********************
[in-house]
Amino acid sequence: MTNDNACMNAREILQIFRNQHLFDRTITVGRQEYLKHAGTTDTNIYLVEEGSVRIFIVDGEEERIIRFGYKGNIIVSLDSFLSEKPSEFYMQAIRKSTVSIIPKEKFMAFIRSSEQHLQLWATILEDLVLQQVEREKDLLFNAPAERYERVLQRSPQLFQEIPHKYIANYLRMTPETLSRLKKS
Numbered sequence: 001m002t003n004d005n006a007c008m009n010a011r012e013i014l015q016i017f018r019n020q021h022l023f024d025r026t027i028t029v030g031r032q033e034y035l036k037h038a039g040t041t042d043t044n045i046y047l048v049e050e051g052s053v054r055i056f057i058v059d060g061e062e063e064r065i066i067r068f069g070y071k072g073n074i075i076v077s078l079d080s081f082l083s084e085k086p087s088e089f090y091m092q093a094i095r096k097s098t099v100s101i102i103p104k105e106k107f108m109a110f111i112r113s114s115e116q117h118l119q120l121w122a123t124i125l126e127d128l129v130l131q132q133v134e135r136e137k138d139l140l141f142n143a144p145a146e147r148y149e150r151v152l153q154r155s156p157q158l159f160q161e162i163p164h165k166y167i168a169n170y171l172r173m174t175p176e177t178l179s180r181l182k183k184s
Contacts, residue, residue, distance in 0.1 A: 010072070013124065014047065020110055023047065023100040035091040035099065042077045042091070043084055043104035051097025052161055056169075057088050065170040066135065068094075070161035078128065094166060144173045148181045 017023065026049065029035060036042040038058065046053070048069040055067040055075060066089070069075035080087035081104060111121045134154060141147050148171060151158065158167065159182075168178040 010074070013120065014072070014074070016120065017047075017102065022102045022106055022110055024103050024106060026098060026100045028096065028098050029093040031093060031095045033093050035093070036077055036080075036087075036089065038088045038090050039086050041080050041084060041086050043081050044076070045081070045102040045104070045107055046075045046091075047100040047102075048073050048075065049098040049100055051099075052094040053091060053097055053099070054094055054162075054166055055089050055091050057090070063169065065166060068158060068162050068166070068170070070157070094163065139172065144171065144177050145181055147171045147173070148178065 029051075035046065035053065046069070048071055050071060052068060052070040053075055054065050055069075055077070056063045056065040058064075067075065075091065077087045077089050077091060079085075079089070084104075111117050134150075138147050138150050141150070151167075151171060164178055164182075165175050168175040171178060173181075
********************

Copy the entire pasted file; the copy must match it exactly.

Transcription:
[in-house]
Amino acid sequence: MTNDNACMNAREILQIFRNQHLFDRTITVGRQEYLKHAGTTDTNIYLVEEGSVRIFIVDGEEERIIRFGYKGNIIVSLDSFLSEKPSEFYMQAIRKSTVSIIPKEKFMAFIRSSEQHLQLWATILEDLVLQQVEREKDLLFNAPAERYERVLQRSPQLFQEIPHKYIANYLRMTPETLSRLKKS
Numbered sequence: 001m002t003n004d005n006a007c008m009n010a011r012e013i014l015q016i017f018r019n020q021h022l023f024d025r026t027i028t029v030g031r032q033e034y035l036k037h038a039g040t041t042d043t044n045i046y047l048v049e050e051g052s053v054r055i056f057i058v059d060g061e062e063e064r065i066i067r068f069g070y071k072g073n074i075i076v077s078l079d080s081f082l083s084e085k086p087s088e089f090y091m092q093a094i095r096k097s098t099v100s101i102i103p104k105e106k107f108m109a110f111i112r113s114s115e116q117h118l119q120l121w122a123t124i125l126e127d128l129v130l131q132q133v134e135r136e137k138d139l140l141f142n143a144p145a146e147r148y149e150r151v152l153q154r155s156p157q158l159f160q161e162i163p164h165k166y167i168a169n170y171l172r173m174t175p176e177t178l179s180r181l182k183k184s
Contacts, residue, residue, distance in 0.1 A: 010072070013124065014047065020110055023047065023100040035091040035099065042077045042091070043084055043104035051097025052161055056169075057088050065170040066135065068094075070161035078128065094166060144173045148181045 017023065026049065029035060036042040038058065046053070048069040055067040055075060066089070069075035080087035081104060111121045134154060141147050148171060151158065158167065159182075168178040 010074070013120065014072070014074070016120065017047075017102065022102045022106055022110055024103050024106060026098060026100045028096065028098050029093040031093060031095045033093050035093070036077055036080075036087075036089065038088045038090050039086050041080050041084060041086050043081050044076070045081070045102040045104070045107055046075045046091075047100040047102075048073050048075065049098040049100055051099075052094040053091060053097055053099070054094055054162075054166055055089050055091050057090070063169065065166060068158060068162050068166070068170070070157070094163065139172065144171065144177050145181055147171045147173070148178065 029051075035046065035053065046069070048071055050071060052068060052070040053075055054065050055069075055077070056063045056065040058064075067075065075091065077087045077089050077091060079085075079089070084104075111117050134150075138147050138150050141150070151167075151171060164178055164182075165175050168175040171178060173181075